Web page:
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Researchers design, fabricate innovative energy harvesting device

Date:
October 10, 2010
Source:
Louisiana Tech University
Summary:
Electrical engineers have reported success in designing and fabricating a device that allows microscale electronic devices to harvest their own wasted energy.

Dr. Long Que, assistant professor of electrical engineering at Louisiana Tech University, has reported success in designing and fabricating a device that allows microscale electronic devices to harvest their own wasted energy.

The work was described in a paper published in the September edition of Applied Physics Letters, co-authored by students Pushparaj Pathak, Tianhua Zhang, Yuan He, and Shashi Yadav.

Developed at Louisiana Tech and described in the paper, this technology uses a cantilever made out of piezoelectric material -- material capable of converting distortions to itself into electrical energy -- and is coated with a carbon nanotube film on one side. When the film absorbs light and/or thermal energy, it causes the cantilever to bend back and forth repeatedly, which causes the piezoelectric material to generate power as long as the light and/or heat source is active.

Through cyclical bending activity, the device would essentially allow small electronic devices to harvest their own operational energy.

"The greatest significance of this work is that it offers us a new option to continuously harvest both solar and thermal energy on a single chip, given the self-reciprocating characteristics of the device upon exposure to light and/or thermal radiation," said Que. "This characteristic might enable us to make perpetual micro/nano devices and micro/nanosystems, and could significantly impact the wireless sensory network."

In their experiments, Que's research team showed that the device could generate enough power to adequately operate some low-power microsensors and integrated sensors. One of the most unique and innovative aspects of this energy harvesting system is its ability to "self-reciprocate" -- the perpetual production of energy without needing to consume other external energy sources.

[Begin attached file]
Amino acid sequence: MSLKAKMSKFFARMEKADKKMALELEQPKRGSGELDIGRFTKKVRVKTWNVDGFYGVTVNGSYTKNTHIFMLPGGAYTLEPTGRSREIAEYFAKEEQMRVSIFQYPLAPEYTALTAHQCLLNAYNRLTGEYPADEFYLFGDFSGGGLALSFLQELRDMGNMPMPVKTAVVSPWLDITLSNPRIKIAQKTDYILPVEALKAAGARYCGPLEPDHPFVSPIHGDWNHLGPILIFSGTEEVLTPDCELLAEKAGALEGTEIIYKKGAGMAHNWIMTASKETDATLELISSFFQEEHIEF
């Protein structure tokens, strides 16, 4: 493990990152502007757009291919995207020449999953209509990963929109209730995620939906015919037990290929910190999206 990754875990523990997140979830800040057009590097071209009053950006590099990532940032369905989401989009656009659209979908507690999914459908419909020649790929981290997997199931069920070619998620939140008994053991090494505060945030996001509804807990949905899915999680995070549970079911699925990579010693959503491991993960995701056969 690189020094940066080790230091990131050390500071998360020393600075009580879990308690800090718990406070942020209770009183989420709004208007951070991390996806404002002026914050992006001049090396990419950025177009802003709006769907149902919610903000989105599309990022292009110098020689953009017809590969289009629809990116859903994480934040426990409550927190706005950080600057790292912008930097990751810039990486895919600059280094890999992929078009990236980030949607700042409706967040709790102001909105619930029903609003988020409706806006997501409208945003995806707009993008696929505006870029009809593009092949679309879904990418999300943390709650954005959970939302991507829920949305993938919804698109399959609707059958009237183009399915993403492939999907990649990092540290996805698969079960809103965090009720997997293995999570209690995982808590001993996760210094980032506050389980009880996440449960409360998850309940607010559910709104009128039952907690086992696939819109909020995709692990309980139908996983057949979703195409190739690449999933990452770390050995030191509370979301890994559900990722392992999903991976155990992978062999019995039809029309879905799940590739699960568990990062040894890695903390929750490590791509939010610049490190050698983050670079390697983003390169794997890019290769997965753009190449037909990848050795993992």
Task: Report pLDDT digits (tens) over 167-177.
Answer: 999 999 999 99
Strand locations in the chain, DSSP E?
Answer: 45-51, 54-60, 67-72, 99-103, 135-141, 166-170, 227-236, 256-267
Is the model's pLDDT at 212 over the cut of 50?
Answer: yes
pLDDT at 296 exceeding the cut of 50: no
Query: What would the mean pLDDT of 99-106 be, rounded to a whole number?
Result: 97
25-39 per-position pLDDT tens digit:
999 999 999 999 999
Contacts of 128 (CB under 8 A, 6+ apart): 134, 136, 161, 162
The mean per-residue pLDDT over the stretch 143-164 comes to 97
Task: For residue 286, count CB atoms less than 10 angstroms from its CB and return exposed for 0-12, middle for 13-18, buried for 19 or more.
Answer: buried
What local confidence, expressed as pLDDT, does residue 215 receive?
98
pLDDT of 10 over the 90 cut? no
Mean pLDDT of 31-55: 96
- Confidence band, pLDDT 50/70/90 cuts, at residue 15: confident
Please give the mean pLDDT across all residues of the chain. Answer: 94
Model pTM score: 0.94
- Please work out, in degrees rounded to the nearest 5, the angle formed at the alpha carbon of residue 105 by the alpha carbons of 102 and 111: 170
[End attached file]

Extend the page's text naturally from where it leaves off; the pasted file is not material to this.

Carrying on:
The researchers state that the self-reciprocation occurs from the cantilever's constant absorption of photons and its high electrical conduction and rapid thermal dissipation into the environment. The self-reciprocation phenomenon has been routinely observed, not only in the lab, but also in the field under sunlight. This technology can also harvest different types of energies such as vibrational and wind energies.

"It is truly a hybrid energy-harvesting technology," Que said. "My lab has been optimizing and making great progress on this technology in an effort to enhance its efficiency and overall performance, indicating great promise for this technology."

Que believes that, in the future, the device could be used to power a number of different nano and microsystems such as implanted biomedical devices or remotely located sensors and communication nodes.


Story Source:

The above story is based on materials provided by Louisiana Tech University. Note: Materials may be edited for content and length.


Journal Reference:

  1. Venu Kotipalli, Zhongcheng Gong, Pushparaj Pathak, Tianhua Zhang, Yuan He, Shashi Yadav, Long Que. Light and thermal energy cell based on carbon nanotube films. Applied Physics Letters, 2010; 97 (12): 124102 DOI: 10.1063/1.3491843

Cite This Page:

Louisiana Tech University. "Researchers design, fabricate innovative energy harvesting device." ScienceDaily. ScienceDaily, 10 October 2010. <www.sciencedaily.com/releases/2010/10/101008105716.htm>.
Louisiana Tech University. (2010, October 10). Researchers design, fabricate innovative energy harvesting device. ScienceDaily. Retrieved July 28, 2014 from www.sciencedaily.com/releases/2010/10/101008105716.htm
Louisiana Tech University. "Researchers design, fabricate innovative energy harvesting device." ScienceDaily. www.sciencedaily.com/releases/2010/10/101008105716.htm (accessed July 28, 2014).

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